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Ayushman Bharat may help patients access life-saving drugs

May 16, 2018 09:14 IST

'We have often heard the mythical argument that patents block access to life-saving drugs, but only 5% of medicines from multinational companies are under patent protection in India...'
'Where these patented products are beyond the reach of Indian patients, the companies have programmes to facilitate access to their drugs, for free or for a fraction of the price,' points out Ranjana Smetacek, former director general, Organisation of Pharmaceutical Producers of India.

Patients queue up to meet the doctor at a hospital in India. Photograph: Rupak De Chowdhuri/Reuters
IMAGE: Patients queue up to meet the doctor at a hospital in India. Photograph: Rupak De Chowdhuri/Reuters

Two years ago, the Union Cabinet approved a new intellectual property rights (IPR) policy that was to draw up the road map for intellectual property protection in India.

The objective was to unveil a 'Creative India, Innovative India'.

The initiative envisioned an India where creativity and innovation would be incentivised by IPR for the benefit of all.

It envisioned advancements across science and technology, arts and culture, traditional knowledge and modern technology.

It envisioned a nation where knowledge would drive development and knowledge owned would eventually become knowledge shared.

This is a lofty and admirable vision, but where are we on realising it?

 

Most certainly, the national IPR policy was also intended to create a robust IP regime as a critical step towards a stronger and more competitive economy.

It was meant to 'nurture the IP culture and address all facets of the IP system including legal, administrative and enforcement infrastructure, human resources, institutional support system and international dimensions'.

It was ultimately meant to bring about an IP environment that would 'foster predictability, clarity and transparency in the entire IP regime in order to provide a secure and stable climate for stimulating inventions and creations'.

We have made some progress on the seven objectives laid down in the IPR policy and extending across the gamut of patents, trademarks, copyrights and designs.

We have taken actions to increase public awareness, commissioned technology and innovation support centres, and instituted training programmes in several states.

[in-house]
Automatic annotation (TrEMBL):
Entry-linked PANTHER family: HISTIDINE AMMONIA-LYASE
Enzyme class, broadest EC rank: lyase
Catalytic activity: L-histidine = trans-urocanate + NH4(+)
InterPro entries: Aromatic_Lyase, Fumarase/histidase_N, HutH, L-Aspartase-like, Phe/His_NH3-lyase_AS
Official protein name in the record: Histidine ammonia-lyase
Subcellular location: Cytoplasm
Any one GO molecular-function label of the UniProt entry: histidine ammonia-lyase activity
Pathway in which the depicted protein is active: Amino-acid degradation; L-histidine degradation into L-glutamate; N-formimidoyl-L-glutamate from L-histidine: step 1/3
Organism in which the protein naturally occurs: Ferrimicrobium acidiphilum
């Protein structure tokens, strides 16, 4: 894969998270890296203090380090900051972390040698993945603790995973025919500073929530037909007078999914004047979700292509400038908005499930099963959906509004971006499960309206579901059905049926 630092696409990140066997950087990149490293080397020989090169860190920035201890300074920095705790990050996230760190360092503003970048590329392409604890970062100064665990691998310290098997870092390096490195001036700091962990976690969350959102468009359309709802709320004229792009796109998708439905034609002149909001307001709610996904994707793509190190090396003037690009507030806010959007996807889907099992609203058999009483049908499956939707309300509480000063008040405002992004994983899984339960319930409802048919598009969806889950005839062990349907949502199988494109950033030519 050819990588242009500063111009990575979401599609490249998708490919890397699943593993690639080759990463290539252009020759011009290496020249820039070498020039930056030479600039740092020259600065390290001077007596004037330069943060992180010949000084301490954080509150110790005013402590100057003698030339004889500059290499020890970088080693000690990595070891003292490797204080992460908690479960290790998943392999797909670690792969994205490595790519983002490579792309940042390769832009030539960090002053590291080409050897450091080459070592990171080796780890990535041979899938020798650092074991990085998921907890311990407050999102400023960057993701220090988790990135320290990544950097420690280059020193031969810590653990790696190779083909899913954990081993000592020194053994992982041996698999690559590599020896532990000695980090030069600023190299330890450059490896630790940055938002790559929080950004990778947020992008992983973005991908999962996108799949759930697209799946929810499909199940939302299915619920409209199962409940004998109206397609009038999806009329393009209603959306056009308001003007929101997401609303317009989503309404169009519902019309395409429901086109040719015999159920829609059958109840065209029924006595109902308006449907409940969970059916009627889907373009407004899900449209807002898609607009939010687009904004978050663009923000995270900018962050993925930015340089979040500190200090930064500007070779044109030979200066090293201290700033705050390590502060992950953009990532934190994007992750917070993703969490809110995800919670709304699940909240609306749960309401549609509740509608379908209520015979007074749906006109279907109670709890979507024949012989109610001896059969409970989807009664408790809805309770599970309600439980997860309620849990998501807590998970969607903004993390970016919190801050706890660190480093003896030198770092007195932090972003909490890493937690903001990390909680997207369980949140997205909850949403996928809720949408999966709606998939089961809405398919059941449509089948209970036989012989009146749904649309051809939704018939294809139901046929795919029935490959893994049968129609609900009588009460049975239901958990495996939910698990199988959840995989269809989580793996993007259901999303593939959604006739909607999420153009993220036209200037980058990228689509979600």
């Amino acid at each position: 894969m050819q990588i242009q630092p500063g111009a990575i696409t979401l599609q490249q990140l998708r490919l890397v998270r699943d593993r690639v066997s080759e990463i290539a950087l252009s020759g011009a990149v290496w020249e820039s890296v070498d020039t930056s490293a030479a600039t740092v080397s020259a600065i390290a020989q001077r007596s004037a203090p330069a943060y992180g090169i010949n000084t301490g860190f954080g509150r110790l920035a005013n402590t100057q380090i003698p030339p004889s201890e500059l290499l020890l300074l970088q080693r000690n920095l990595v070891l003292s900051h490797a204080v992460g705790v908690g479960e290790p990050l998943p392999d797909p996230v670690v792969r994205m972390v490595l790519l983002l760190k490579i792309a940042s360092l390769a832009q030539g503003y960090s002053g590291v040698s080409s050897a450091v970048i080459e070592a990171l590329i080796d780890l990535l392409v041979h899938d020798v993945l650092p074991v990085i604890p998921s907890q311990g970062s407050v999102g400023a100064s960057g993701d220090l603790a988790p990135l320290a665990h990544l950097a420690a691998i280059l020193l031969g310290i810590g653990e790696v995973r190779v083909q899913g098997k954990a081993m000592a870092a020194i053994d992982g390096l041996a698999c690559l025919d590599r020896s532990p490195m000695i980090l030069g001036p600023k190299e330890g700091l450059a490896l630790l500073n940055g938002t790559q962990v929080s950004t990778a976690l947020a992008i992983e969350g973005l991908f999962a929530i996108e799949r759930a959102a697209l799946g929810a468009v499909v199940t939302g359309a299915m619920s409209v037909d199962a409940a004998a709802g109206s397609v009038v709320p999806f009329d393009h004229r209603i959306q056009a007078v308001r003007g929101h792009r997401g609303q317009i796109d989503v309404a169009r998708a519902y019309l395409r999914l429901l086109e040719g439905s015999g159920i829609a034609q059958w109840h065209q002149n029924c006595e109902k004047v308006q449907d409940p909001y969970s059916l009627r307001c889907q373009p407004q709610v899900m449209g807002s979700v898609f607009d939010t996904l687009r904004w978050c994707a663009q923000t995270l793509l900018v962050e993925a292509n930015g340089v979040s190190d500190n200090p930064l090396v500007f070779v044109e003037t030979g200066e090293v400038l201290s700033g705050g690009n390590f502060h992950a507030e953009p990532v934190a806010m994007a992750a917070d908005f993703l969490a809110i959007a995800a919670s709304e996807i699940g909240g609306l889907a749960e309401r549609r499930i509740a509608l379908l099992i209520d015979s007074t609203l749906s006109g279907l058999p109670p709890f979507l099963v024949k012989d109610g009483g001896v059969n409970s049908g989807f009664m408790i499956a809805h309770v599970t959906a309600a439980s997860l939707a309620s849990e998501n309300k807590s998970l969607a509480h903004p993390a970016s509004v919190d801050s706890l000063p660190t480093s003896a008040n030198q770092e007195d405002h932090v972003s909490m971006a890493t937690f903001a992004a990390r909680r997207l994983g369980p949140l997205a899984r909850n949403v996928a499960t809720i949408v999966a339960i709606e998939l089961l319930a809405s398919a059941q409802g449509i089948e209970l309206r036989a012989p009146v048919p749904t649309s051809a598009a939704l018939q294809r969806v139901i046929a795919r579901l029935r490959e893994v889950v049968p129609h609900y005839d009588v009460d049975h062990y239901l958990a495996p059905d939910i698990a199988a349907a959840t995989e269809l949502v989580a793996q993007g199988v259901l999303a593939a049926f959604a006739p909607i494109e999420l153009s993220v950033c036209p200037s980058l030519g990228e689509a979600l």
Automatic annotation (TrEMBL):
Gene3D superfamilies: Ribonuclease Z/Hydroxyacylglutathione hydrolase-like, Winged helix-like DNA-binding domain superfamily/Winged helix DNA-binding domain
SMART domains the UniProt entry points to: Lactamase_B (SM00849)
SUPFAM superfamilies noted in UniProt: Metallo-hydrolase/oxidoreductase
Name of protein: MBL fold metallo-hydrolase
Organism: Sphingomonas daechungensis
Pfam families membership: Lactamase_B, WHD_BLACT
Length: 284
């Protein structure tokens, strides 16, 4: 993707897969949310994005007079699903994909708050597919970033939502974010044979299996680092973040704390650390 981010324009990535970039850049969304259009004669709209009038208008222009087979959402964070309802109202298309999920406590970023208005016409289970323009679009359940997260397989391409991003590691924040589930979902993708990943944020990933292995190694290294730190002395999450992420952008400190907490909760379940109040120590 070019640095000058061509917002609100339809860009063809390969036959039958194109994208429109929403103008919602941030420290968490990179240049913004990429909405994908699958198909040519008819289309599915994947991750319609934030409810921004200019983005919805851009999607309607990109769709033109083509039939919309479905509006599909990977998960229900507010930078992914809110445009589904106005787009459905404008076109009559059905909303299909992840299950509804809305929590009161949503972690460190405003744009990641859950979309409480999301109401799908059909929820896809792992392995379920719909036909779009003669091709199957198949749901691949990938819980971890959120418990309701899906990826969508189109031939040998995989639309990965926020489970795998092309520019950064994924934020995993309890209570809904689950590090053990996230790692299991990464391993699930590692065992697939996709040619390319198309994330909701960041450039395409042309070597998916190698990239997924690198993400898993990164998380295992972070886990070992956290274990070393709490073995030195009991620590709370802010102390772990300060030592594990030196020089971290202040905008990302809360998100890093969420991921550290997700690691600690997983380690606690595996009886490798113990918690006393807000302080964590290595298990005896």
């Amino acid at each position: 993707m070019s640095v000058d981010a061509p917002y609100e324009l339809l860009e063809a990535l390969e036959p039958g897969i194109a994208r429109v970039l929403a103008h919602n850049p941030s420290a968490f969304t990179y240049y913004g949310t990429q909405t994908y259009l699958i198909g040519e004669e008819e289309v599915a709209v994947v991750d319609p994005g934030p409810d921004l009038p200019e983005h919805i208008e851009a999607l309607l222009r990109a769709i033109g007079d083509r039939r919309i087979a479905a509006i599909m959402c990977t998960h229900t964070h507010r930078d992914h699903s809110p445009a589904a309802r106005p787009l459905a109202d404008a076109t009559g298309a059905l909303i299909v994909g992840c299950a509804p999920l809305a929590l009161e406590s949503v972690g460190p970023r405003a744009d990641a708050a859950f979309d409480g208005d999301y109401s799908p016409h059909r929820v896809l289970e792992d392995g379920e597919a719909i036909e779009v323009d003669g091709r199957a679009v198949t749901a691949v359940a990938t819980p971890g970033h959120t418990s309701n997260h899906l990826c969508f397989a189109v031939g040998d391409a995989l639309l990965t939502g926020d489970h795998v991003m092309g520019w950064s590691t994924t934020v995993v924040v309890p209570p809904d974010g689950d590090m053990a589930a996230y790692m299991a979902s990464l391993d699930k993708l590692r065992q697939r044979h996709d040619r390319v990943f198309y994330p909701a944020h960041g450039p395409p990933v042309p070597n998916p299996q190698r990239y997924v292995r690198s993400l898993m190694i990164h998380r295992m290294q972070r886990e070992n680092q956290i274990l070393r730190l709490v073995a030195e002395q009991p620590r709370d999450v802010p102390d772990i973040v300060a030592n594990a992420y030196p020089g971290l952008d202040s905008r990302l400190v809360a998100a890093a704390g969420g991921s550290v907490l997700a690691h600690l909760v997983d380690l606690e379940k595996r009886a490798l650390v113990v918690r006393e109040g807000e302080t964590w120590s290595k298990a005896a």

However, there is much we still need to do: Strengthening the legislative framework to respect intellectual property; improving the enforcement and adjudicatory mechanisms that deal with infringements; supporting the generation and commercialisation of innovation; developing human capital to bolster our capacity for research and skill-building.

It is important that we recognise IP as a value creator for India, a nation with consistent growth, a highly educated workforce and established research institutions.

To extend Make in India to 'Develop in India' and 'Innovate in India', we must build the country's capability for innovation through IP creation, protection, and commercialisation.

A robust IP environment will certainly have a positive impact on the Indian economy and encourage foreign direct investment.

In the pharmaceutical sector, we need a holistic approach that balances the need for innovation with the necessity for more accessible medicines, within a robust IP environment.

There are still numerous unmet medical needs in numerous areas of medicine and, without patent protection, research would come to a halt.

There is no question that we must work towards increasing access to medicines, but there must be a return on investment for innovators to justify investing in new medicines.

The protection of intellectual property will help bring new solutions for treating patients suffering from critical and rare diseases and new medicines to save and improve lives.

We have often heard the mythical argument that patents block access to life-saving drugs, but only five per cent of medicines from multinational companies are under patent protection in India.

Where these patented products are beyond the reach of Indian patients, the companies have programmes to facilitate access to their drugs, for free or for a fraction of the price.

The biggest barrier to access is the inability to pay out-of-pocket and the lack of insurance cover.

In this context, the Ayushman Bharat initiative is truly commendable, with its ambitious National Health Protection Scheme that intends meaningful health insurance cover for the 40 per cent of India's population most in need.

State governments and the pharmaceutical industry could work together on effective drug procurement and distribution models, to meet health care goals and help address the challenges of health care access in India.

Pro-innovation policies and increased access to medicines can go hand-in-hand for the benefit of patients.

A thoughtful assessment of the IP system needs to be made and legal flexibilities used judiciously, for humanitarian non-commercial use in treating diseases that are epidemic or communicable, with compulsory licensing being invoked only as a rare exception in rare circumstances.

We can all agree that ongoing innovation is critical to meeting patients' increasing health needs, particularly in the context of evolving health care systems around the world.

India, as a leader among emerging markets, must favour an innovative environment that supports research and the development of new medicines, within India and globally.

A strong IPR regime would allow our country to realise its true potential and make major contributions toward tackling health challenges both domestically and around the world.

We need to do more, more quickly.

Ranjana Smetacek is a life sciences consultant and former director general, Organisation of Pharmaceutical Producers of India

Ranjana Smetacek
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